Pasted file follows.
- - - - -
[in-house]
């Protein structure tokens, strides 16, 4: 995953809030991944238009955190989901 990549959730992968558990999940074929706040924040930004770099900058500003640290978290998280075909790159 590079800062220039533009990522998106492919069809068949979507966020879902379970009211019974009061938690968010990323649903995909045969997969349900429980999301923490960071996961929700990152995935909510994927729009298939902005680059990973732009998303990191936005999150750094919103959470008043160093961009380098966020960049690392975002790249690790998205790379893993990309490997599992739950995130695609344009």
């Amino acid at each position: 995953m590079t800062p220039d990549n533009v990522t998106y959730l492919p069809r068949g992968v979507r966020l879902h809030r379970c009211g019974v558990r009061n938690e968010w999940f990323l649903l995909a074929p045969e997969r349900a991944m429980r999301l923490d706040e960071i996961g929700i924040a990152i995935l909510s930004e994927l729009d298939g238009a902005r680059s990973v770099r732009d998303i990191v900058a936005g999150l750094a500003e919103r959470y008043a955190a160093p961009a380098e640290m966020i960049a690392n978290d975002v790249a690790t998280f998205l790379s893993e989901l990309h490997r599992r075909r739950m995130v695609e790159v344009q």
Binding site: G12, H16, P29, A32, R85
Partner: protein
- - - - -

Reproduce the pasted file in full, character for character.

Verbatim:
[in-house]
């Protein structure tokens, strides 16, 4: 995953809030991944238009955190989901 990549959730992968558990999940074929706040924040930004770099900058500003640290978290998280075909790159 590079800062220039533009990522998106492919069809068949979507966020879902379970009211019974009061938690968010990323649903995909045969997969349900429980999301923490960071996961929700990152995935909510994927729009298939902005680059990973732009998303990191936005999150750094919103959470008043160093961009380098966020960049690392975002790249690790998205790379893993990309490997599992739950995130695609344009």
């Amino acid at each position: 995953m590079t800062p220039d990549n533009v990522t998106y959730l492919p069809r068949g992968v979507r966020l879902h809030r379970c009211g019974v558990r009061n938690e968010w999940f990323l649903l995909a074929p045969e997969r349900a991944m429980r999301l923490d706040e960071i996961g929700i924040a990152i995935l909510s930004e994927l729009d298939g238009a902005r680059s990973v770099r732009d998303i990191v900058a936005g999150l750094a500003e919103r959470y008043a955190a160093p961009a380098e640290m966020i960049a690392n978290d975002v790249a690790t998280f998205l790379s893993e989901l990309h490997r599992r075909r739950m995130v695609e790159v344009q």
Binding site: G12, H16, P29, A32, R85
Partner: protein